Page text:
If you are an EBSQ Artist and would like to be considered for Blogger of the Week just add us to your blogroll. I’m searching EBSQ profiles weekly for links to artist’s blogs. If you aren’t an EBSQ Artist, what are you waiting for?

EBSQ Blogger of the Week: Kathy Jurek

November is not only a time of changing leaves. Traditionally, it is a time for family–gatherings and feasts. Kathy Jurek is one EBSQ artist who’s passion is the painting of family and everyday people, in everyday situations. I’m proud to present her for this week’s EBSQ Blogger of the Week!

Kathy Jurek

Who and where are you?

My name is Kathy Jurek and I live in Omaha, Nebraska.

Harry in the Leaves by Kathy Jurek

How did you get started art blogging?

I started blogging in October 2006. I was selling my work on Ebay and blogging was becoming very popular so I thought it would be a good idea to try it.

Button Pusher by Kathy Jurek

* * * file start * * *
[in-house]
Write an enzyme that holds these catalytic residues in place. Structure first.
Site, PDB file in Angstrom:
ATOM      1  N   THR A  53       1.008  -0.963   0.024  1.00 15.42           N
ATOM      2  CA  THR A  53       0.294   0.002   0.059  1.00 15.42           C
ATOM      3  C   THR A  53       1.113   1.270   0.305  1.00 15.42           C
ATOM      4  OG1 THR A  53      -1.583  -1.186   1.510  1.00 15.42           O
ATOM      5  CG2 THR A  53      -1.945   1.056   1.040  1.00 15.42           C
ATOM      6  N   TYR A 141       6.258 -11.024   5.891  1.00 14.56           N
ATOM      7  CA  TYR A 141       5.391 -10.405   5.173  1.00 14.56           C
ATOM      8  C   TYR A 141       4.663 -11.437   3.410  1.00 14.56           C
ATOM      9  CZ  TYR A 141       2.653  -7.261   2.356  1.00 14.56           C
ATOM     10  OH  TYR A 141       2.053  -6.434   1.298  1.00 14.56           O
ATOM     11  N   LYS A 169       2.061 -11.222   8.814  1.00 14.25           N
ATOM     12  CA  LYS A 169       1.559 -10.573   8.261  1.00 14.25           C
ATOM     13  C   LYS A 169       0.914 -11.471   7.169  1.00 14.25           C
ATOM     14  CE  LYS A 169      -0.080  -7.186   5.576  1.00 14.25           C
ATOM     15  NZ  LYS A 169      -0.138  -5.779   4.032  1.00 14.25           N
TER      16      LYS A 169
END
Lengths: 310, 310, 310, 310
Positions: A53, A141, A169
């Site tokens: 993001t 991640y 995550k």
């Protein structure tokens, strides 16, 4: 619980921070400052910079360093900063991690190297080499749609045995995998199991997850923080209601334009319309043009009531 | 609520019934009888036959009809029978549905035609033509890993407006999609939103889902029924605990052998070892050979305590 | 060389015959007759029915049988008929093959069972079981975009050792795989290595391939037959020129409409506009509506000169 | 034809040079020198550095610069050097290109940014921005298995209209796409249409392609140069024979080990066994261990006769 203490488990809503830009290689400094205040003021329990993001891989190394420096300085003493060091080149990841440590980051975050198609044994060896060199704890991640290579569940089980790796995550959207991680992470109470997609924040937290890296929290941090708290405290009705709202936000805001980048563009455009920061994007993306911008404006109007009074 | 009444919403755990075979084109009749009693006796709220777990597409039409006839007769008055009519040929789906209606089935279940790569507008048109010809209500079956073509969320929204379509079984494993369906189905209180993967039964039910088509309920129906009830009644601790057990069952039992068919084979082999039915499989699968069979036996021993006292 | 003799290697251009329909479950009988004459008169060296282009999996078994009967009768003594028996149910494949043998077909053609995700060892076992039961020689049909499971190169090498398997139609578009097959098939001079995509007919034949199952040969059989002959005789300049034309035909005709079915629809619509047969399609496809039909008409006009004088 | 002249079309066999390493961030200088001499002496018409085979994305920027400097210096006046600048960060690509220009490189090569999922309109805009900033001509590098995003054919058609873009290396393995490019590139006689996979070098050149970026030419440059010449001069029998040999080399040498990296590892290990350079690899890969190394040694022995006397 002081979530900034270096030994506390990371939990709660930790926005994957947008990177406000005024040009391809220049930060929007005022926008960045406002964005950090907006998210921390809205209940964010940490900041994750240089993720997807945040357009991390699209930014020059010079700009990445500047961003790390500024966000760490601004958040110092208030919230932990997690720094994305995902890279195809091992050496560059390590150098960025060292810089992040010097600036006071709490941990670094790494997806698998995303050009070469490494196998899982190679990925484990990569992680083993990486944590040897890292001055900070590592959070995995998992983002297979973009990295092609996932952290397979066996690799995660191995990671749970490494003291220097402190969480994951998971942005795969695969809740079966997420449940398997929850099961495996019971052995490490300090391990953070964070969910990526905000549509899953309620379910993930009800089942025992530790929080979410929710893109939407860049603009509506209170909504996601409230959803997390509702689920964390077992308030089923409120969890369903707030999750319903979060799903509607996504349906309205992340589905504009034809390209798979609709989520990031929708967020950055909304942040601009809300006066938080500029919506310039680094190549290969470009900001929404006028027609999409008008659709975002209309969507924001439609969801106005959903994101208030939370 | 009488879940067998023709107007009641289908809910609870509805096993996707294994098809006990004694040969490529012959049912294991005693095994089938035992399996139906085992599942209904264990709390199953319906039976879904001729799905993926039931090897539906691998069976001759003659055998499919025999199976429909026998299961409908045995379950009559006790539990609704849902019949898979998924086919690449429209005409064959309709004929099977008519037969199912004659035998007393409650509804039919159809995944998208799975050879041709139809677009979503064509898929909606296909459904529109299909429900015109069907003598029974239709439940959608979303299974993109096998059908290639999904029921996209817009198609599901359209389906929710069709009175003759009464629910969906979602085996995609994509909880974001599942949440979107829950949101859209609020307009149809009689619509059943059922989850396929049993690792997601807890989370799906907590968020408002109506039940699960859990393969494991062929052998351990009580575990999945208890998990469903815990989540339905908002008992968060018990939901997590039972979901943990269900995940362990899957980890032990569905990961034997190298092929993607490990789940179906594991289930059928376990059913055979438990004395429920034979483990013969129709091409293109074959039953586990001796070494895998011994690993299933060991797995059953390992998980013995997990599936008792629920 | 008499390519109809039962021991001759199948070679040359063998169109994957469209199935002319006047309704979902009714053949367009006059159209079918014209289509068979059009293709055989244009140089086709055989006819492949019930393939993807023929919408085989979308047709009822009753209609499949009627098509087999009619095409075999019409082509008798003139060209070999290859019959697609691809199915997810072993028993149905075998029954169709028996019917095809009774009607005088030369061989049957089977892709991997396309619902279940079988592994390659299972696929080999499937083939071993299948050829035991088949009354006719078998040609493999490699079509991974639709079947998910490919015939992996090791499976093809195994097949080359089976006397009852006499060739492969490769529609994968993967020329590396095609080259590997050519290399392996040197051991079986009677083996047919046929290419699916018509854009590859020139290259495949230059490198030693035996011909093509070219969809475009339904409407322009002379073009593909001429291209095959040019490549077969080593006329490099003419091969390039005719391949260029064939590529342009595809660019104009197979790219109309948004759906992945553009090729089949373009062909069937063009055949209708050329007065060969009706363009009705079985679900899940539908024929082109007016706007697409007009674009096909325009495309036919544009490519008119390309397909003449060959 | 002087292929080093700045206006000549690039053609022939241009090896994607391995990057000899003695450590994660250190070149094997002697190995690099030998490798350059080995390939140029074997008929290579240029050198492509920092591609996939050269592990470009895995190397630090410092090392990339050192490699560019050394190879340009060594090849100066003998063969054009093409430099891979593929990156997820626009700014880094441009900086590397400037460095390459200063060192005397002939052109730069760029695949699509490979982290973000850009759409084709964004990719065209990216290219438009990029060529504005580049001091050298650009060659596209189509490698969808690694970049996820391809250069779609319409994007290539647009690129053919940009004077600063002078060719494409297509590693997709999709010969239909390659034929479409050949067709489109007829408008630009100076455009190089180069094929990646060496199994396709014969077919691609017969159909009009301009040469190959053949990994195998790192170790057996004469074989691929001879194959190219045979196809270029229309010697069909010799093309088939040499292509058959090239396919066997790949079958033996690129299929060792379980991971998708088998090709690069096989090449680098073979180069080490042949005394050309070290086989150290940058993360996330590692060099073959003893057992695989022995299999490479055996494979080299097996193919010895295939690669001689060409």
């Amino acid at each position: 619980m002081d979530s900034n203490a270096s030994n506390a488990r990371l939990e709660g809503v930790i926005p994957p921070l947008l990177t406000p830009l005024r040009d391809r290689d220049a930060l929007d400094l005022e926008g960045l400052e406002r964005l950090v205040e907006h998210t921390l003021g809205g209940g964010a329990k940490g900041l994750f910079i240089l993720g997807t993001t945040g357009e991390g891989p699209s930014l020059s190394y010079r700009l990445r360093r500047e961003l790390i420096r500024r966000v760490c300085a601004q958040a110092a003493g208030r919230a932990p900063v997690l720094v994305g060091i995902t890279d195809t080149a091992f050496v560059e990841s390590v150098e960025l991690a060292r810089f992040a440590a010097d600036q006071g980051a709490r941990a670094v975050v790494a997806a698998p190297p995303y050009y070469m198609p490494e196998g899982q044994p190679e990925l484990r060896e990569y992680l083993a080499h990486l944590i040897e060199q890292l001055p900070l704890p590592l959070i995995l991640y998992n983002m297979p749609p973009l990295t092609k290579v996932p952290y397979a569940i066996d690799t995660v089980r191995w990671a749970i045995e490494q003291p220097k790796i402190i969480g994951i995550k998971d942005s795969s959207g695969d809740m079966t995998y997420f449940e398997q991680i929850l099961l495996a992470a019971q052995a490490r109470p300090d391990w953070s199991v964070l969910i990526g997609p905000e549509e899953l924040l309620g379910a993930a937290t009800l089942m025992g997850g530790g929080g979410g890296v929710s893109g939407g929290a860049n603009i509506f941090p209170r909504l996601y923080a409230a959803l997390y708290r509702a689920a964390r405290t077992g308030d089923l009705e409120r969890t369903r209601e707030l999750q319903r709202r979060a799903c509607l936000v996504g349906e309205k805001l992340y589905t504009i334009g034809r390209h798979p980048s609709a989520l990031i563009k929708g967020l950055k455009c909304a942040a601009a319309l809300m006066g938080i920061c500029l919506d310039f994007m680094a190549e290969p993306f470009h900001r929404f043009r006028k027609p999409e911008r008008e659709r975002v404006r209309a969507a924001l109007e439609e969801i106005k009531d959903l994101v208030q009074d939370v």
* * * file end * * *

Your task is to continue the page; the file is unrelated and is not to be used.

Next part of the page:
Any tips for other EBSQ art bloggers?

If you’ve been thinking about blogging, then try it. Blogging allows you to make a more personal connection with people and it’s very easy to get started. It’s easier and quicker than a website. Even if you are the only one who knows it exists, you will have an online diary of your progress as an artist. It’s fun to look back and see how far you have come. It’s also a great place to send people who are interested in your work. I update my blog more often than my website. I also post smaller artwork, works in progress and illustrations that I don’t put on my website.

You Decide by Kathy Jurek
What’s your musical inspiration of choice when you’re working in your studio?

I’m addicted to pandora.com and this year I’ve been really hooked on the band, Lifehouse. Sometimes I listen to podcasts. Honestly, I think I’m more productive when I work in silence but that’s no fun.

Missy and Emma by Kathy Jurek
What’s coming next from your easel?

Aside from all the small art I try to get done during the week, I’m getting ready to start a large figurative painting to enter into a national show next year.

http://www.kathyjurek.blogspot.com/

Thank you Kathy for being an EBSQ Blogger of the Week!

If you are an EBSQ Artist and would like to be considered for Blogger of the Week just add us to your blogroll. I’m searching EBSQ profiles weekly for links to artist’s blogs. If you aren’t an EBSQ Artist, what are you waiting for?

Join Today!

EBSQ Blogger of the Week: Patience